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Oil supply tightens in East, South
( 2003-11-25 09:19) (China Daily)

Supply shortages of refined oil products in economically booming East and South China have continued since early this month while demand has surged, analysts say.

Experts have attributed the supply shortfalls to lower domestic oil prices that have caused oil producers to export some domestic supplies and stimulated retailers to regrade the products.

They said it is still too early to judge how long the shortages will last, pending on the changes in domestic supplies and in oil prices.

Retail stations in East China's Zhejiang and Jiangsu provinces and Shanghai Municipality, and in South China's Guangdong Province have run short of diesel oil throughout this month.

Filling stations have had to ration products.

Diesel oil is mainly used in trucks, buses, tractors, and fishing boats, and in some power generators and plants.

The rationing has not affected petrol in areas up until now, but supplies are also tight as the demand is surging with the craze of cars on China's roadways.

Local retailers have increased prices to the upper limits of the government-set ranges to deal with the shortages. Shanghai, for instance, raised its prices twice in two weeks.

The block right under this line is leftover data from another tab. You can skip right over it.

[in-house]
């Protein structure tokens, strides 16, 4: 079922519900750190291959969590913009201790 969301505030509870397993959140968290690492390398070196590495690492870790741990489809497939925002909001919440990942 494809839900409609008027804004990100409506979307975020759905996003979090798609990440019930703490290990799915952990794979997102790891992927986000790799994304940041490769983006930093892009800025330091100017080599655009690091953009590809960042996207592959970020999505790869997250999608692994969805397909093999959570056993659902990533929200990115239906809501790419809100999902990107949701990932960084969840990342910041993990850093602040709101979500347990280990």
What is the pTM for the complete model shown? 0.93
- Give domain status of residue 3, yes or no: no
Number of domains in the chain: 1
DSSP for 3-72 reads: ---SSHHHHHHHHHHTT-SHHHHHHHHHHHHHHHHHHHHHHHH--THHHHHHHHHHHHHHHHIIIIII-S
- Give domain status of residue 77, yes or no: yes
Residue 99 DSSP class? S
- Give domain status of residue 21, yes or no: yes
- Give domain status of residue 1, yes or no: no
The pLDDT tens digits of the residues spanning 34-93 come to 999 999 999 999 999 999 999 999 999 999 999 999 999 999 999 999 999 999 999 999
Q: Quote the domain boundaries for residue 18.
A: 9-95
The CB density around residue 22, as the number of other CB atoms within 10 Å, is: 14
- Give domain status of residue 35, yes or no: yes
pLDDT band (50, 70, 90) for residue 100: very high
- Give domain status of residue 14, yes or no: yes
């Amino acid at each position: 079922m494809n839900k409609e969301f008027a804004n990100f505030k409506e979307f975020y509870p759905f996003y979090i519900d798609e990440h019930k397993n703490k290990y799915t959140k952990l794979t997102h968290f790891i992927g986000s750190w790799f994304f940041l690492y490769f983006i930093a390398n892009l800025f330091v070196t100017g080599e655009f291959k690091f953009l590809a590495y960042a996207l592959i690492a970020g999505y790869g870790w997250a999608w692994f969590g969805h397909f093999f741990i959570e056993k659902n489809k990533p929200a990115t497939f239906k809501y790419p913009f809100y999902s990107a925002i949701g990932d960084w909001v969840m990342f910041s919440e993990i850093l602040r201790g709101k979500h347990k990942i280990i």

Officials from PetroChina and Sinopec-the largest two oil companies-said they have increased their refinery runs to keep up with the demand, and are working to transport products from neighbouring regions.

Gong Jingshuang, an expert with a consultant institute under PetroChina, said the tightened supply is partly because electricity shortages in the region have forced many power users to start operating their own diesel-fired generators.

He also said the disparity between the domestic and international oil prices has prompted oil companies to export products.

Sinopec has also started to increase its daily supplies to Shanghai Municipality this week.

Partly due to international price hikes, China's diesel oil exports surged by more than 200 per cent year-on-year to 1.9 million tons in the first nine months.

Petrol exports rose 32 per cent during the period to 5.9 million tons.

The insider also said some retailers are stockpiling their products, anticipating the government will raise the prices in the near future.

Gong said the demand for diesel is expected to drop in coming months, and petrol demand will increase.

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